Tuesday, August 18, 2015

Pamela by Samuel Richardson

Pamela; or, Virtue Rewarded by Samuel Richardson
My book: Copyright 1958, W. W. Norton & Co. - Fiction
Originally published in 1740
533 pp. 

Pamela has a terrible rating at Goodreads (but some pretty humorous reviews) and for good reason. It's difficult to get through, not only because it's extremely repetitive, but also because it's so horrifying to read about how women were treated and believed they should behave. You have to be in the right mood and very, very patient to read the story but it was worth sticking out.

Pamela is only 15 and a startling beauty who works as a maid at a large estate. Her mistress has just recently died and her new master, the deceased lady's son, is a cad. Struck by her beauty, he decides he wants to have his way with her. But Pamela has been taught that she must protect her virtue at all costs. The master is determined and whenever he can get her alone, he molests her but is unable to get very far. Pamela is so frightened that she enlists the help of some of the other servants and decides she must return home to her parents. The housekeeper kindly shares Pamela's bed to protect her (although even she says the master can't help himself and it's clearly Pamela's fault he can't control his impulses because she's so pretty), another tries to smuggle letters to her parents when the master finds out about her prolific writing and insists on reading everything she writes.

After pretending to dismiss her to return to her parents, Pamela's new master instead sweeps her off to another of his homes, where he continues to try to take advantage of her. Here, the housekeeper is not so kind. Pamela continues to write letters to her parents, tries to get the local curate to help her escape, prays that her purity will survive and -- if not -- better to die a virgin than have her purity destroyed. Truly, it's a soap opera and a bit tedious, at that, but I found Pamela fascinating for its perspective on the time period. How far we've come! In the end, the author describes each character's actions as a lesson in morality. Meekness, purity, obedience to the menfolk and generosity are among what was expected of women. Poor Pamela was also frequently lectured on what was expected of her after marriage, including the importance of continuing to dress nicely for the entire marriage lest her husband's eyes stray.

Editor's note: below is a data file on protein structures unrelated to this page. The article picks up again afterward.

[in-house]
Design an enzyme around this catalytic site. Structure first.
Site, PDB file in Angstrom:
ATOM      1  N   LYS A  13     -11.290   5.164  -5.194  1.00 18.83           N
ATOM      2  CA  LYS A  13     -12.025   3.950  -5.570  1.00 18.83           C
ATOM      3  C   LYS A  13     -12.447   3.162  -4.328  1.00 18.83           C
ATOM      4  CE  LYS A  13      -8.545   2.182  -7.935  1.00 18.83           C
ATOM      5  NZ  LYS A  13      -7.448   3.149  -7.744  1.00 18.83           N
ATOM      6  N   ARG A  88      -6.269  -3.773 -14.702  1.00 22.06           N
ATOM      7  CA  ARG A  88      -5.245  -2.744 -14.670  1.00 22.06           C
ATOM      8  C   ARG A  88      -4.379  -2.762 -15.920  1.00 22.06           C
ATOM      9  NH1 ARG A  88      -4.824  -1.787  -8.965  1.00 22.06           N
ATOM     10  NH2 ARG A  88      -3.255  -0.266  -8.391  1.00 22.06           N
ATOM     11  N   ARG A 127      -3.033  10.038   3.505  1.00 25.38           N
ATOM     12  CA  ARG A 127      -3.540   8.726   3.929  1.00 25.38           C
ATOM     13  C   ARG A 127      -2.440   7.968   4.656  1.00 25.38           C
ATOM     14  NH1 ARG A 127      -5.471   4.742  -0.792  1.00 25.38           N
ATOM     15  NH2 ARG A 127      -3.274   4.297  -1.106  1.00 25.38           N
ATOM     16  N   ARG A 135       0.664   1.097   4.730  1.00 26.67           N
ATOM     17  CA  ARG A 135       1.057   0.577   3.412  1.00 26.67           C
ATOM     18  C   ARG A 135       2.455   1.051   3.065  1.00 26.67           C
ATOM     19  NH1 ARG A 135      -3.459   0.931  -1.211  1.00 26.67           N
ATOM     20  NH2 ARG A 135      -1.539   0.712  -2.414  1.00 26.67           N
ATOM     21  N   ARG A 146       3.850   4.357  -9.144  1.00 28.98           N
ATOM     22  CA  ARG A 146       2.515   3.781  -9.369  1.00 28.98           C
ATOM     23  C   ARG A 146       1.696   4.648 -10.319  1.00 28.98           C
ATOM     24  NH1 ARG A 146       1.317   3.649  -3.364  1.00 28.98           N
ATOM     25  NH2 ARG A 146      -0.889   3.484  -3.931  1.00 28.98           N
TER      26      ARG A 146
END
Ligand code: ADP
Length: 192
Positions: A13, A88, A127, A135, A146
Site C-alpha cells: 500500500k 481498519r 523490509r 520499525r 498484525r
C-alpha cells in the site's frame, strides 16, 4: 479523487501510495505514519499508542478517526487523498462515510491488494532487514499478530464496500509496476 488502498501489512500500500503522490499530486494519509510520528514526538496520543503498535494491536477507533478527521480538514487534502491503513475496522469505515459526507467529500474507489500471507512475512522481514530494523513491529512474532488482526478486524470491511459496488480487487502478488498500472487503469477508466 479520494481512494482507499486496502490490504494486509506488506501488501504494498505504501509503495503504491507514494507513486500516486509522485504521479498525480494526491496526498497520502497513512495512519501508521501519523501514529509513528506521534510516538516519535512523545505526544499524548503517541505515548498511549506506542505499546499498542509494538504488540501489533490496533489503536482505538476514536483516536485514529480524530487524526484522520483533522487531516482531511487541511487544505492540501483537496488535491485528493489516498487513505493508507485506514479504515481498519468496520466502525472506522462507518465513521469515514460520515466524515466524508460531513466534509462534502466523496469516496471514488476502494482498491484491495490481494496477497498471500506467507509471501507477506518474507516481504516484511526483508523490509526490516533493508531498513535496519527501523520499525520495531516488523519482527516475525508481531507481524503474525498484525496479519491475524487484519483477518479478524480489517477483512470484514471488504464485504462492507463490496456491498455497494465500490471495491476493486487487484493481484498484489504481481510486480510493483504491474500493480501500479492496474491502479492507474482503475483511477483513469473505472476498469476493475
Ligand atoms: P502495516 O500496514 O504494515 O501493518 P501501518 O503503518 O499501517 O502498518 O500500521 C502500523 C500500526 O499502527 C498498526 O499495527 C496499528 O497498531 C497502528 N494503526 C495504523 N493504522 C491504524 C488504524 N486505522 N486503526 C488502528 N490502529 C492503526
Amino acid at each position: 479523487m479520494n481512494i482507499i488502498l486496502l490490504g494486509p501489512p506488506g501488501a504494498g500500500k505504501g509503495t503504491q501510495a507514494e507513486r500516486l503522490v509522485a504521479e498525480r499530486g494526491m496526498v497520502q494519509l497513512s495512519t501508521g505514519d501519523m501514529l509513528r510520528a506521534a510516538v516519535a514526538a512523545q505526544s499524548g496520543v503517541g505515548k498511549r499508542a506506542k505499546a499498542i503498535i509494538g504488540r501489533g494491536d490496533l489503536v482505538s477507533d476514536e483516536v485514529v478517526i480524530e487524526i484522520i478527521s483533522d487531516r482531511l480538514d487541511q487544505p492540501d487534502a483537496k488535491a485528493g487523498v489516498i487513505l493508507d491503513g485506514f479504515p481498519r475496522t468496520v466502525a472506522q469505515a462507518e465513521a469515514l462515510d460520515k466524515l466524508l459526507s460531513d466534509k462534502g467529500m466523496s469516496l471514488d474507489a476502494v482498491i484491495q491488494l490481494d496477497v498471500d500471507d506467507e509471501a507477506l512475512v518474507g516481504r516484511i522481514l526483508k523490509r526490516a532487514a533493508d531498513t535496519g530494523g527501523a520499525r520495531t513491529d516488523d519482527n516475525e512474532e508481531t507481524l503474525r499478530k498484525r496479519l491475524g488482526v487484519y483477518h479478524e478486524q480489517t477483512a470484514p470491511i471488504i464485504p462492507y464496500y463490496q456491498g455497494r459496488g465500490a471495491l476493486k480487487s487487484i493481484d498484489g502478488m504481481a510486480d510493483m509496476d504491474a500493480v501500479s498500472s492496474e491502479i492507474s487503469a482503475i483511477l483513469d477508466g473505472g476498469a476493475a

Today we'd call the lord of the house an ass. He admits to Pamela that he was a spoiled man, accustomed to having his way and only softened and convinced that marriage was worth considering by Pamela's continued refusal to give in to him, her piety, her simpering obedience (argh, painful to read) and kindness to all. Of course, the modern reader may find herself, as I did, talking to the book. I kept telling Pamela she was crazy, for one thing, because she waffled about everything. No, of course you shouldn't convince yourself you've fallen in love with a guy who held you captive and molested you, stupid girl, I told the book. She married him, anyway. You can't call Pamela the sharpest knife in the drawer.

Wordy and monotonous as Pamela could be, it was entertaining. It's also memorable. Even when I set the book aside for several weeks, I was able to return to it as if I'd only set it down the day before.

Recommended to a limited audience - I'd particularly recommend Pamela to those who enjoy classics and especially during a time when you're in a tolerant mood, looking for a bigger novel that you can enjoy for the sake of observation about the time period. Pamela is an epistolary novel. Apart from the moral lessons at the end, the book consists entirely of letters written by Pamela to her parents. Here's how Richardson set off the moral section at the end:

The reader will here indulge us in a few brief observations, which naturally result from the story and characters; and which will serve as so many applications of its most material incidents to the minds of YOUTH of BOTH SEXES. 

Among my favorite bits from that section:

From the same good example, let children see what a blessing awaits their duty to their parents, though ever so low in the world; and that the only disgrace is to be dishonest; but none at all to be poor. 

Side note:

When I looked up the original publication date during the reading, I came across a blog where Pamela was described as "The Twilight of its time." Unfortunately, I didn't bookmark the site but I found it fascinating that the book was so popular that there was Pamela merchandise. Who'd have thought that kind of marketing went back so far in time? Fascinating.

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  1. I was going to say this sounds very much like Twilight and I was wondering when it was published as well. That actually would influence my opinion of it.

    1. 1740! Pamela is the first published novel, according to just about everything I've read. It does have that "wimpy girl falls in love with questionable guy" thing going. LOL


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